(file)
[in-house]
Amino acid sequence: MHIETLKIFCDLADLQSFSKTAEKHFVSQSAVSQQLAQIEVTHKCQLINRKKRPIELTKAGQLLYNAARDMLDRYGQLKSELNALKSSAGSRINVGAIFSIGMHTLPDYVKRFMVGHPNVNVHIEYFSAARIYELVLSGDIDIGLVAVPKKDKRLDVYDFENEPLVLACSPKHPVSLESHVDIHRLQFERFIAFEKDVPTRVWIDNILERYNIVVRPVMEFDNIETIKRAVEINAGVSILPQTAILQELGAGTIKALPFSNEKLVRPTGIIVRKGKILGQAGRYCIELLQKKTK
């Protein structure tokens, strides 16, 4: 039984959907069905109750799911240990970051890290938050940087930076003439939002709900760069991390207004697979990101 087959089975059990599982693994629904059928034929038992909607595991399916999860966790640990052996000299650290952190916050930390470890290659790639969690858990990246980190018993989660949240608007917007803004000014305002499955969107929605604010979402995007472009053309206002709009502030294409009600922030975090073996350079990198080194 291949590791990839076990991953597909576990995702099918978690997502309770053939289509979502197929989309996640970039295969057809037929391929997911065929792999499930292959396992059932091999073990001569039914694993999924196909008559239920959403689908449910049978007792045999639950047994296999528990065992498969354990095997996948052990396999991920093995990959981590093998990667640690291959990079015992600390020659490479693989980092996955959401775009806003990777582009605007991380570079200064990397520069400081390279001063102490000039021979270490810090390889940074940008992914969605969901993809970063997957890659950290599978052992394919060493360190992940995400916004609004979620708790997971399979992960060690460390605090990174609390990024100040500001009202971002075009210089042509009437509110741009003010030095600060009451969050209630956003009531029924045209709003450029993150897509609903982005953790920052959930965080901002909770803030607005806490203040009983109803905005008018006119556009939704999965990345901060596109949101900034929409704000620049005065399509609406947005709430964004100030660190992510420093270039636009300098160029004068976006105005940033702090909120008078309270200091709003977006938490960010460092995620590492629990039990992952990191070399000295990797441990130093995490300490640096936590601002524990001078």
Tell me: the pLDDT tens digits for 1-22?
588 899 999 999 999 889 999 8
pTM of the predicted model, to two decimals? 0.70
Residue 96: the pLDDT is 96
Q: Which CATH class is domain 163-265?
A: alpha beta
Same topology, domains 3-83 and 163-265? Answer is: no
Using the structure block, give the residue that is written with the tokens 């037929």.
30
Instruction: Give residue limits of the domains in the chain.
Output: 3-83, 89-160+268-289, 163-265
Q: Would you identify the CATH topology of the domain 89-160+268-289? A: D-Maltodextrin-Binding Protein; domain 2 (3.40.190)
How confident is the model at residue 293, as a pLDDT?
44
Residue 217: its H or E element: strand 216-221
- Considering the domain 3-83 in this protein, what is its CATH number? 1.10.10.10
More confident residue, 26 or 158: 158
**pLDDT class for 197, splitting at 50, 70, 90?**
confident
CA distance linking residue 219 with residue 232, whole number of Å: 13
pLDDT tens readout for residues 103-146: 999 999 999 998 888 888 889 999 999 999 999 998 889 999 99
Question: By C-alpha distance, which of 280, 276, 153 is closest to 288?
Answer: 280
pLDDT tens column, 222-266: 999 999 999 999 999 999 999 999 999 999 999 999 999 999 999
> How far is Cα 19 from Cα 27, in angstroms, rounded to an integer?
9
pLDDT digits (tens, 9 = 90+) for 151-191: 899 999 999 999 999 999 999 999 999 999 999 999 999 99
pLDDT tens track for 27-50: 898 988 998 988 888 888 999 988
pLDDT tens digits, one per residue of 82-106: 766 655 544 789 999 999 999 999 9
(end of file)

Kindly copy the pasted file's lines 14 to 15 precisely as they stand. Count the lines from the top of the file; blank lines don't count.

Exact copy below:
Output: 3-83, 89-160+268-289, 163-265
Q: Would you identify the CATH topology of the domain 89-160+268-289? A: D-Maltodextrin-Binding Protein; domain 2 (3.40.190)